Fictober, Prompt 23 – “You can’t give more than yourself.”
Warnings: implied violent deaths? Nothing onscreen. Fantasy, rural fantasy if that’s a thing. Not quite midwest gothic, but leaning that direction.
Abby paced, agitated and upset, and I could only watch,
sitting at the kitchen table with a mug of hot cider to warm my hands. Hers sat
abandoned across from me.
“I don’t know what to do,” she said again, stopping only to
stare out the window at the rapidly darkening corn fields. “And I’ve got to
decide soon, the ritual is in three hours.”
I frowned down at my mug, lips pressed together. I didn’t
like the group she was part of, especially the man leading it, but just because
she was my sister didn’t mean I could interfere. She had to make her own
“I’ve learned so much already,” she said, back to pacing. I
nodded, still frowning at my mug. That much was true; Abby had been able to
harness her strange powers much better, with better control, than she had
before, and that was certainly a boon for all of us. It wasn’t that I thought
the group was all bad, but something about this ‘ritual’ of theirs made me
uneasy. It was supposed to be some cross between a final exam and a party, the
leader had told her several weeks ago, a chance to use their new skills and boost
their power, and then celebrate.
“I’m not going to tell you what to do,” I told her, my first
words in quite some time. She stopped pacing, sighed, and came back to the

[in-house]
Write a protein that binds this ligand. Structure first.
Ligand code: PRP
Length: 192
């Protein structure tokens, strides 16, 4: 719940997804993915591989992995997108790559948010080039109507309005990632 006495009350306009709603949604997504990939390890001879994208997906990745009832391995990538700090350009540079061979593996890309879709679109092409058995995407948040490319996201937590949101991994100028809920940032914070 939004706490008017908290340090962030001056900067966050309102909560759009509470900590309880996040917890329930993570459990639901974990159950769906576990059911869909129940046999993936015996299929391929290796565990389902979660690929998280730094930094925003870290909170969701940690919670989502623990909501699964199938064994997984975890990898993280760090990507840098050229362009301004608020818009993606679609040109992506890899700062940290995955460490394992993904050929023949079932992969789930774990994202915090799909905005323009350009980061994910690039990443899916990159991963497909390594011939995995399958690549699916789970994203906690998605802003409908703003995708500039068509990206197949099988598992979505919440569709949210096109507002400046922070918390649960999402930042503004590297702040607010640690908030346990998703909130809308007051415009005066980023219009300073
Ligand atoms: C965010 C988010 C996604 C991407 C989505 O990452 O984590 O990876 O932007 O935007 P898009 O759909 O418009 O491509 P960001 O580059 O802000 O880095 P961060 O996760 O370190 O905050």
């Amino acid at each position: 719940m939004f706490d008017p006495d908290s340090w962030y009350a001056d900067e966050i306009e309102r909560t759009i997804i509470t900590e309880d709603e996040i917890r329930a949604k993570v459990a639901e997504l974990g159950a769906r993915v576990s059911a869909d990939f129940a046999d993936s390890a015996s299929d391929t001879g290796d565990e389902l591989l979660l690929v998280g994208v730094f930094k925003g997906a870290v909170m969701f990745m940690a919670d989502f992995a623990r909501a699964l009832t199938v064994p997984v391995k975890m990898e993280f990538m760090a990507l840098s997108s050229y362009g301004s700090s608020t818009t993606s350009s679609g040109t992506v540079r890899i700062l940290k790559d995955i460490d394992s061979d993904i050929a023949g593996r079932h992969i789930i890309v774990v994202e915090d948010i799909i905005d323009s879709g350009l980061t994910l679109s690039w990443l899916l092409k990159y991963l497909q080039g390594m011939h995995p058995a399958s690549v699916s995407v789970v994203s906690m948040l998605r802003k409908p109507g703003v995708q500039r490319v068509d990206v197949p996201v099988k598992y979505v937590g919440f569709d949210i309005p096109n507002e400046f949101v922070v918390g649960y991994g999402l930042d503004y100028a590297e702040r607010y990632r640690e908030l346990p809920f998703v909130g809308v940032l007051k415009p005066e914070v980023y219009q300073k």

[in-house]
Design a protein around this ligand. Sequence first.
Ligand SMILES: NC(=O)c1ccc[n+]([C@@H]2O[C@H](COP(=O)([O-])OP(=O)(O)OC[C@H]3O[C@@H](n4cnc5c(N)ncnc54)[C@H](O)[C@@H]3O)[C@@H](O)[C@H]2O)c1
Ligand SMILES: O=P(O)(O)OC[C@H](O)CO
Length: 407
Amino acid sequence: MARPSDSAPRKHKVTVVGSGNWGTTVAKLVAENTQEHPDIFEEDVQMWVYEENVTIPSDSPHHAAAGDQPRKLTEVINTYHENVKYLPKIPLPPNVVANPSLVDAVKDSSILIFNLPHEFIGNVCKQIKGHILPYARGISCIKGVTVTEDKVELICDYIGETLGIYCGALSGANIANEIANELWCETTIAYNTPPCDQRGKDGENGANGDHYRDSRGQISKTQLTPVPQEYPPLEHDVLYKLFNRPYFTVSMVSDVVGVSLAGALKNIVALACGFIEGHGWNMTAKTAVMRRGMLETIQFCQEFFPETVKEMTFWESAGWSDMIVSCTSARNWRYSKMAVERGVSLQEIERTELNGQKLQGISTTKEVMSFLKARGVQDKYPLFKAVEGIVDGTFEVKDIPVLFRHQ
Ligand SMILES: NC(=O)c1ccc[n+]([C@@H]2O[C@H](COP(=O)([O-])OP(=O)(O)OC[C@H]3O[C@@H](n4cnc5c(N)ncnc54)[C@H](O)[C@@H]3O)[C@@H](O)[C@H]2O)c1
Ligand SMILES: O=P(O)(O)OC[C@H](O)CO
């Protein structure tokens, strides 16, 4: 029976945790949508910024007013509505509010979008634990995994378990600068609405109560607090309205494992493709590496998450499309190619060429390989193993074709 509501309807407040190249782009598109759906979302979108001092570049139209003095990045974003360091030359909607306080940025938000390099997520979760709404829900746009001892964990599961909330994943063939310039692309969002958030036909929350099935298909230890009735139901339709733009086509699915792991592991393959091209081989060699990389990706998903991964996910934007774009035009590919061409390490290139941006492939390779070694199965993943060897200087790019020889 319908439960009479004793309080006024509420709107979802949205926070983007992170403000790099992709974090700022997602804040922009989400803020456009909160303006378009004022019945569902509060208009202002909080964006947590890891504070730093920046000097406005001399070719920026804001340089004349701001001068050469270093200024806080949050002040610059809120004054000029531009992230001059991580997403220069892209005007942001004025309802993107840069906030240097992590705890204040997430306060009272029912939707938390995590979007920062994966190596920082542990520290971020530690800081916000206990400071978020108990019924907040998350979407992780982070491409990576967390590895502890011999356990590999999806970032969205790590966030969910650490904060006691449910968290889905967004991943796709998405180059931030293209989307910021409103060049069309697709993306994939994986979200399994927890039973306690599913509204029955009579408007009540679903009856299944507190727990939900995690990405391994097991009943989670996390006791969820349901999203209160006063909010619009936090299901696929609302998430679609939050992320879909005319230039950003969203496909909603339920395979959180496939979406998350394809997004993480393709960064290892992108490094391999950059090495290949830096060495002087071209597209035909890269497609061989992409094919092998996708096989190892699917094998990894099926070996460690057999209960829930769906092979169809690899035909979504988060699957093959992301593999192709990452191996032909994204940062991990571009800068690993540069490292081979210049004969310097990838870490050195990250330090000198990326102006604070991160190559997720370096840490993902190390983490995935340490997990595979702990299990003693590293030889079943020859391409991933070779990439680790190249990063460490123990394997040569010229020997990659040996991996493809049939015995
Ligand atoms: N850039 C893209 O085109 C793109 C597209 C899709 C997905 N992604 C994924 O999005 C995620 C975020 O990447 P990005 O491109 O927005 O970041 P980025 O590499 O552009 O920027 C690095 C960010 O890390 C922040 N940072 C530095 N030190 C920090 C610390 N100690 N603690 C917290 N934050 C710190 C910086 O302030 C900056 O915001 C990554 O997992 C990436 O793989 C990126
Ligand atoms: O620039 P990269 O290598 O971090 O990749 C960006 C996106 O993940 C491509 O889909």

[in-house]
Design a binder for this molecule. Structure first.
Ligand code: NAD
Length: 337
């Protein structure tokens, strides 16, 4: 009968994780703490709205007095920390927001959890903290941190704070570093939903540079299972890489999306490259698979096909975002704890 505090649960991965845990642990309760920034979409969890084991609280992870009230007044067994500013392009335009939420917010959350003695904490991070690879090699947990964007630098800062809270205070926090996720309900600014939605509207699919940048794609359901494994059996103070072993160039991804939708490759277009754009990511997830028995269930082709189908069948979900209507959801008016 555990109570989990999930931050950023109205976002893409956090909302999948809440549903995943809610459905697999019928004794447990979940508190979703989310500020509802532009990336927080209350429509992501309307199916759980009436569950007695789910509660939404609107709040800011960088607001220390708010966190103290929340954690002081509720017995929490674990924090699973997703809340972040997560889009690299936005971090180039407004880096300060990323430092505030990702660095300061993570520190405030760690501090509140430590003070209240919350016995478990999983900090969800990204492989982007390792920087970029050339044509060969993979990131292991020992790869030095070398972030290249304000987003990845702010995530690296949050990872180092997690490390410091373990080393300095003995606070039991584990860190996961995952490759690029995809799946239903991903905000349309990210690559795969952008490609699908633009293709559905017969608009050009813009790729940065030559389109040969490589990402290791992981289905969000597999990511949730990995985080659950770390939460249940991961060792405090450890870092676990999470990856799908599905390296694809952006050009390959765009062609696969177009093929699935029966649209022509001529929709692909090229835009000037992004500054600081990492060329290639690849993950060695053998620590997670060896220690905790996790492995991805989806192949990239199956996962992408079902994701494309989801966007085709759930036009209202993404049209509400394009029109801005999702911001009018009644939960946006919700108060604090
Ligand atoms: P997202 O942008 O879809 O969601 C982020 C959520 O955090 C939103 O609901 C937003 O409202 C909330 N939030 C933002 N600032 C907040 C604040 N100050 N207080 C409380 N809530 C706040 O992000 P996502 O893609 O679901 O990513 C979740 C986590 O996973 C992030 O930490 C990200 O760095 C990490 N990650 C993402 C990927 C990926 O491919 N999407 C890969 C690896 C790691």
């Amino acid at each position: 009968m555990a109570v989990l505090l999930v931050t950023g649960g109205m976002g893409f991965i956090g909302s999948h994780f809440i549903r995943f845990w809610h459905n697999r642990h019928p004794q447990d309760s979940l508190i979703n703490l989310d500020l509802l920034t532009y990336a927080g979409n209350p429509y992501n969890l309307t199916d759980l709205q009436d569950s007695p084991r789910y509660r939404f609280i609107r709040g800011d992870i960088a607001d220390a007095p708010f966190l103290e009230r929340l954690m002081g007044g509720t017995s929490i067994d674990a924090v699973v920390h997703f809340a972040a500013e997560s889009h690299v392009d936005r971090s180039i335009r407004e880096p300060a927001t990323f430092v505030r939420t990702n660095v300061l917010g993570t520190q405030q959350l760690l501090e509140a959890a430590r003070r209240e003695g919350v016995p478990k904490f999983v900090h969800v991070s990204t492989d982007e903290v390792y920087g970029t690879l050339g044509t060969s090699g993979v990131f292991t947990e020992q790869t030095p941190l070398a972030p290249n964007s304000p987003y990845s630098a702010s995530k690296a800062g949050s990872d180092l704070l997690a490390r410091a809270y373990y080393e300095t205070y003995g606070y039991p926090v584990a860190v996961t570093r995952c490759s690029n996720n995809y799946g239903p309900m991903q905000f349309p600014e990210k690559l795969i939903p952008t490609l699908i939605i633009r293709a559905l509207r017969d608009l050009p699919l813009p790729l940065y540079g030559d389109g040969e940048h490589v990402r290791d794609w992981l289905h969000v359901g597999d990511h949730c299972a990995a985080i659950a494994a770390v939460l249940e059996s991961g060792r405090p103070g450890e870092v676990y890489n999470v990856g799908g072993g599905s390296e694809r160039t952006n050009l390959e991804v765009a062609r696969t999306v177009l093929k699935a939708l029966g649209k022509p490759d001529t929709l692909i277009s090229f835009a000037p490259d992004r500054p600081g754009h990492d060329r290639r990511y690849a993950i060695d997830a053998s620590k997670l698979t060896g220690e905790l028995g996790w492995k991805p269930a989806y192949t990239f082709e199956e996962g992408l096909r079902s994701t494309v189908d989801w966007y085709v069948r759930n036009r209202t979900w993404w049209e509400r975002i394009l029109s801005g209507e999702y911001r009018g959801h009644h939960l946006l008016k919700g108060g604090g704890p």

table at last, reaching out a tentative hand to cover mine where they still
clutched at my mug.
“I know you don’t like any of it,” she said.
I shrugged. “You’ve learned a lot, like you said. I don’t
like the sound of this ritual, but what I don’t like even more is that you’re
not sure about it. That’s the thing you should pay attention to, not what I
Abby blew out a breath and sat back. “I guess you’re right.
It’s probably all your fault that I’m feeling weird about it anyway.”
I shrugged again.
“But…I don’t know. Something about it, about the way Master Barrett
talks about it sounds a little, well, strange,” she admitted. “Like the
sequence of events sounds fine, and it’s fine when the rest of us talk about
it, but when he does, it’s just…”
“Which words he uses?” I guessed.
“Yeah,” she said, frowning at me now. Not angry, more
thoughtful. “Yeah, something like that.”
I grimaced again, but held my tongue. That was one of the things that had sparked my intense dislike of ‘Master Barrett’ shortly after he’d wandered into town several months ago. He’d soon set up camp in the Dirksen’s pole barn and offered to teach those who needed teaching in magical things, and soon enough everyone was chattering about him as though he were the best thing since sliced bread. But whenever I listened to him speak, I couldn’t help but hear double-meanings in his words, and I didn’t like it.